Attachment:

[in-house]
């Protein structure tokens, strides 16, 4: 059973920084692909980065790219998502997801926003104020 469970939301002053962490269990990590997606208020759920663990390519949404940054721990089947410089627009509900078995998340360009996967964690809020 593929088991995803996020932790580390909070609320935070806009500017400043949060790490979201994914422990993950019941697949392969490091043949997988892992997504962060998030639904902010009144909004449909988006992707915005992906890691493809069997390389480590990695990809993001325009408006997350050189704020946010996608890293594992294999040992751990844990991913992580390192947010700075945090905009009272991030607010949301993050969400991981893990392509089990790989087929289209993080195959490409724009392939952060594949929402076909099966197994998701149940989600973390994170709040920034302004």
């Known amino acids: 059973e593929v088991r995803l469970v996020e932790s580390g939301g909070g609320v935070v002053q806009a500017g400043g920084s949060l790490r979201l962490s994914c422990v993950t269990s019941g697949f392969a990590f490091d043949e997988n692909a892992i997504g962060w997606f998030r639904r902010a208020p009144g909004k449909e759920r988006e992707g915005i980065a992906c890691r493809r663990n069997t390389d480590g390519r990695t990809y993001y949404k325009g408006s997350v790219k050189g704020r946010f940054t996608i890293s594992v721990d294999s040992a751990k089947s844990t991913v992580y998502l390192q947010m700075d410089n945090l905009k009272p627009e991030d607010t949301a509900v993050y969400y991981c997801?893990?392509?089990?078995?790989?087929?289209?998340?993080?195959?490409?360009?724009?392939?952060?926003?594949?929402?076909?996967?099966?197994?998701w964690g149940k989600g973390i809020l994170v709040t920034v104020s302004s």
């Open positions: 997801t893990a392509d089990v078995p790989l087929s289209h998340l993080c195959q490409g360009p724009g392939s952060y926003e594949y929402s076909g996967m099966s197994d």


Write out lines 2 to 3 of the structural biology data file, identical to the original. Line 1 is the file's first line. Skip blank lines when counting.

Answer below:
């Protein structure tokens, strides 16, 4: 059973920084692909980065790219998502997801926003104020 469970939301002053962490269990990590997606208020759920663990390519949404940054721990089947410089627009509900078995998340360009996967964690809020 593929088991995803996020932790580390909070609320935070806009500017400043949060790490979201994914422990993950019941697949392969490091043949997988892992997504962060998030639904902010009144909004449909988006992707915005992906890691493809069997390389480590990695990809993001325009408006997350050189704020946010996608890293594992294999040992751990844990991913992580390192947010700075945090905009009272991030607010949301993050969400991981893990392509089990790989087929289209993080195959490409724009392939952060594949929402076909099966197994998701149940989600973390994170709040920034302004």
């Known amino acids: 059973e593929v088991r995803l469970v996020e932790s580390g939301g909070g609320v935070v002053q806009a500017g400043g920084s949060l790490r979201l962490s994914c422990v993950t269990s019941g697949f392969a990590f490091d043949e997988n692909a892992i997504g962060w997606f998030r639904r902010a208020p009144g909004k449909e759920r988006e992707g915005i980065a992906c890691r493809r663990n069997t390389d480590g390519r990695t990809y993001y949404k325009g408006s997350v790219k050189g704020r946010f940054t996608i890293s594992v721990d294999s040992a751990k089947s844990t991913v992580y998502l390192q947010m700075d410089n945090l905009k009272p627009e991030d607010t949301a509900v993050y969400y991981c997801?893990?392509?089990?078995?790989?087929?289209?998340?993080?195959?490409?360009?724009?392939?952060?926003?594949?929402?076909?996967?099966?197994?998701w964690g149940k989600g973390i809020l994170v709040t920034v104020s302004s």